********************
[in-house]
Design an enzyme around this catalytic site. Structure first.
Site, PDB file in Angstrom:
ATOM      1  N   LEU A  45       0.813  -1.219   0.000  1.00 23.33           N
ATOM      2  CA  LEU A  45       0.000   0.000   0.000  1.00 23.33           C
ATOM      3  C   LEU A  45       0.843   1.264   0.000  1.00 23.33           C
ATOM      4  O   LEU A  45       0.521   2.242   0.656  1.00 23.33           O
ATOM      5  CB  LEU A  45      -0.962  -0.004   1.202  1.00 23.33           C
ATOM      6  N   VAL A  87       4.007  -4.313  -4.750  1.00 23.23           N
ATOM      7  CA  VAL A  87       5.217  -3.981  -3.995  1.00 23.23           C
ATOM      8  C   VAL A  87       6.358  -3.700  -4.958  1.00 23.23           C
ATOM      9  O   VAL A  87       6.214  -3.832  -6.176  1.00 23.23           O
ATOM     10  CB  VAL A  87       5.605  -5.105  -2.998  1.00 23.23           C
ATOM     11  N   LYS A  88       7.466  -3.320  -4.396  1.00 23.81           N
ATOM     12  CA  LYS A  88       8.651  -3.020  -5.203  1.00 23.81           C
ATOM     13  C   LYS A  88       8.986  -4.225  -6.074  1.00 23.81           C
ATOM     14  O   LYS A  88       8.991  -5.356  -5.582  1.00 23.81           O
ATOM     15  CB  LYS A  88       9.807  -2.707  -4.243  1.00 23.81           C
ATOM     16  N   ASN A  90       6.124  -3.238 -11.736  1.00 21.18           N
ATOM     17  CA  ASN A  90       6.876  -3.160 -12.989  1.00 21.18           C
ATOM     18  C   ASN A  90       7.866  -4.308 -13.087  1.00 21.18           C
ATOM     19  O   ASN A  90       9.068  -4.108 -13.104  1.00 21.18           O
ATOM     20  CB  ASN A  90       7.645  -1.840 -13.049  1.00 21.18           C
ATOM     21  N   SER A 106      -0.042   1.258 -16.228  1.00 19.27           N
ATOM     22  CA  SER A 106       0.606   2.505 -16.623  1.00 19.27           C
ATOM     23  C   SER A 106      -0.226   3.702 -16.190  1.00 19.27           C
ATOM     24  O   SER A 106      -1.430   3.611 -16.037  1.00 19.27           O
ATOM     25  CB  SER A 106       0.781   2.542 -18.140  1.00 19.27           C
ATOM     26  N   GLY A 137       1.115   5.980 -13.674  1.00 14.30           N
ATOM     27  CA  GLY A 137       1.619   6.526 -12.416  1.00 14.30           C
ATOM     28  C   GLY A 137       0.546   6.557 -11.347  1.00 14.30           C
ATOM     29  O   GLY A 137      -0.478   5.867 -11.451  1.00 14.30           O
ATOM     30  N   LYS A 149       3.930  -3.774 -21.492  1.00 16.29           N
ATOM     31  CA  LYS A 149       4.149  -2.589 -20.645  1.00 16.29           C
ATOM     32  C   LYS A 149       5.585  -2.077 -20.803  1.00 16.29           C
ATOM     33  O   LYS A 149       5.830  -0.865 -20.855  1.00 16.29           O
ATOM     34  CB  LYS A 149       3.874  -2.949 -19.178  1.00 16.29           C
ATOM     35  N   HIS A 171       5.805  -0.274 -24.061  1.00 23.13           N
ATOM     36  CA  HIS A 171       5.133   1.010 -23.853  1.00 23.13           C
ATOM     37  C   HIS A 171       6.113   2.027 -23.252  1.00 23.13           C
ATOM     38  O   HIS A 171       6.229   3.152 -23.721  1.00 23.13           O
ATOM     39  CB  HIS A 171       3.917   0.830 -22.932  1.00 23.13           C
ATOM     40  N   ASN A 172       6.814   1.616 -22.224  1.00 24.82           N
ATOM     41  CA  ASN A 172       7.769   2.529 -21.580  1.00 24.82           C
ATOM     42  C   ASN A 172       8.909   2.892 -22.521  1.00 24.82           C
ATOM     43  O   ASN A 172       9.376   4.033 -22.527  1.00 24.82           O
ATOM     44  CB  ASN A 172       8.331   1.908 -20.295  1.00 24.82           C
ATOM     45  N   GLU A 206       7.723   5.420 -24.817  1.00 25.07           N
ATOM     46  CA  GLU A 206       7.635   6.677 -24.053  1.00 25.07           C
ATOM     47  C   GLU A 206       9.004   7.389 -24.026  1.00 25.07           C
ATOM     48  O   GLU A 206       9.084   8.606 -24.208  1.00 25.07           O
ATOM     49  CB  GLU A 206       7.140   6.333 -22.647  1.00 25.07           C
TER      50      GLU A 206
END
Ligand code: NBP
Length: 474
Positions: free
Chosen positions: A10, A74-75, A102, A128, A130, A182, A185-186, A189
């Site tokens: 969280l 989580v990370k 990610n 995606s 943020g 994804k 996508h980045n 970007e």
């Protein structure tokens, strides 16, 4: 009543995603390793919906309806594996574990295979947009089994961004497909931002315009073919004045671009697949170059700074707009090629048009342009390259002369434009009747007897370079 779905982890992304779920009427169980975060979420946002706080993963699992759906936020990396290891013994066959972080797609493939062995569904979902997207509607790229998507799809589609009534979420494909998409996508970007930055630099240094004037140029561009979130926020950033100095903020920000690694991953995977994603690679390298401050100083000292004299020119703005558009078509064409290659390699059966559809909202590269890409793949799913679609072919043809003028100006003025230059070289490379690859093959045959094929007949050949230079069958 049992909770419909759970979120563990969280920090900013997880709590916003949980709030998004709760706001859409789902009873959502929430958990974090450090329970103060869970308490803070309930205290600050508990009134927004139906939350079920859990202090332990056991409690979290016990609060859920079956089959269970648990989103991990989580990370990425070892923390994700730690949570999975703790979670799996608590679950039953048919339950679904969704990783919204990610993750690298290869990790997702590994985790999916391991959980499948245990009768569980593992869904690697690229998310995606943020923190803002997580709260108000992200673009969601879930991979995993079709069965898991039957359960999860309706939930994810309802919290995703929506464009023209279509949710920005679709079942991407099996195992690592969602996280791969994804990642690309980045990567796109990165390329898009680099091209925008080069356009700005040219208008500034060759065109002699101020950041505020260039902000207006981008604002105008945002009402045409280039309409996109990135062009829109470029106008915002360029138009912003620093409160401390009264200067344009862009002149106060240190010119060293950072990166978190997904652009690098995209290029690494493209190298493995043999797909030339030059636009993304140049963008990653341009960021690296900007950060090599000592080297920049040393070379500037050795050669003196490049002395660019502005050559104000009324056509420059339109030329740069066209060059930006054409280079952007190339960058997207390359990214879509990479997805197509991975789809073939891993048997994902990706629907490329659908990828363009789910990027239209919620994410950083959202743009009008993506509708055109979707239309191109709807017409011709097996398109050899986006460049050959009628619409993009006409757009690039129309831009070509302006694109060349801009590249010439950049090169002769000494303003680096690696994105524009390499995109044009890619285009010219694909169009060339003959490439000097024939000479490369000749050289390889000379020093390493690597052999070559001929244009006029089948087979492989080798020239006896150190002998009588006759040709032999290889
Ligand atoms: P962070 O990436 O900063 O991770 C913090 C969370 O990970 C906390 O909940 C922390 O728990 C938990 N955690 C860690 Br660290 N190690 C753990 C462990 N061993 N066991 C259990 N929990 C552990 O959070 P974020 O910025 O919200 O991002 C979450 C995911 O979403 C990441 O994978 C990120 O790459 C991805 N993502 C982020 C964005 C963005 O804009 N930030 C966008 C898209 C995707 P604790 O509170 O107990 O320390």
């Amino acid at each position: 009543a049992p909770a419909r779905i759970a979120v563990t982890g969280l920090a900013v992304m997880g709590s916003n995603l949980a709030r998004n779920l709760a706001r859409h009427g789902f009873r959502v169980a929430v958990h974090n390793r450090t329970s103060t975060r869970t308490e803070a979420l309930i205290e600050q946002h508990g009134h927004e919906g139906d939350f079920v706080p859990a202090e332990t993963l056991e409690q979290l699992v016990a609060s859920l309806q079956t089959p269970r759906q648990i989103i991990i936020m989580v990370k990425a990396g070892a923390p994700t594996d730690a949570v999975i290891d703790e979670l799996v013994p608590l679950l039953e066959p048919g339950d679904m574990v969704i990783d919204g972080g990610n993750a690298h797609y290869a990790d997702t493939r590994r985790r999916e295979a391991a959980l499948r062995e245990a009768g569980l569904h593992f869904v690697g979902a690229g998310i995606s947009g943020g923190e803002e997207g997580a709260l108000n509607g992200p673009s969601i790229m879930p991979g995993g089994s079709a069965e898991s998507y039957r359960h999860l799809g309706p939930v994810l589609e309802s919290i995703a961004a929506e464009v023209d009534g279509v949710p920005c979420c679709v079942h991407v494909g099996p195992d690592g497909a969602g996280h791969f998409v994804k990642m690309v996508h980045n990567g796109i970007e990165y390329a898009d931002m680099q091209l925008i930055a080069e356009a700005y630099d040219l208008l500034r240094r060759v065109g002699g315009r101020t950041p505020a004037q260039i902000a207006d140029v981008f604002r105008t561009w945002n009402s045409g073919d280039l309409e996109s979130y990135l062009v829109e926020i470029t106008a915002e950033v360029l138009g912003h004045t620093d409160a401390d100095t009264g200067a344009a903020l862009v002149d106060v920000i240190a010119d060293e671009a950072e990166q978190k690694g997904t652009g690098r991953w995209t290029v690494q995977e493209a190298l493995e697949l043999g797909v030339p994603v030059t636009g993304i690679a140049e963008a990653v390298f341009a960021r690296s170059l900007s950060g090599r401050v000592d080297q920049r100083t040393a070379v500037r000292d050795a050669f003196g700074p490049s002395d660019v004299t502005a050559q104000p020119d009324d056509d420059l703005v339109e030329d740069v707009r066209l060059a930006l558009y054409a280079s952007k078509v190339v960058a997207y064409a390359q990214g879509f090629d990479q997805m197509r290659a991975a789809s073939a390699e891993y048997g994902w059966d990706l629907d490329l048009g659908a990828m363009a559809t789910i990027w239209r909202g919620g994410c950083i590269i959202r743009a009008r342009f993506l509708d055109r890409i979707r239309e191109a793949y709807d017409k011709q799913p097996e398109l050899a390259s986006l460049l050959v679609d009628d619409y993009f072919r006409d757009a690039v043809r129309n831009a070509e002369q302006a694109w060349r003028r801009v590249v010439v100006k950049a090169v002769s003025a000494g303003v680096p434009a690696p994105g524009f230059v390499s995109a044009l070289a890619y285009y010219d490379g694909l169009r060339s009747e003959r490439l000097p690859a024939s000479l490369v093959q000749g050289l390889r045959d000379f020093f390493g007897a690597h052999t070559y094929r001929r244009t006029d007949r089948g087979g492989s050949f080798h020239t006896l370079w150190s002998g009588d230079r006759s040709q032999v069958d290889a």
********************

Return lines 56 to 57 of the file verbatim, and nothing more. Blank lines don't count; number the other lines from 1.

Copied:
Length: 474
Positions: free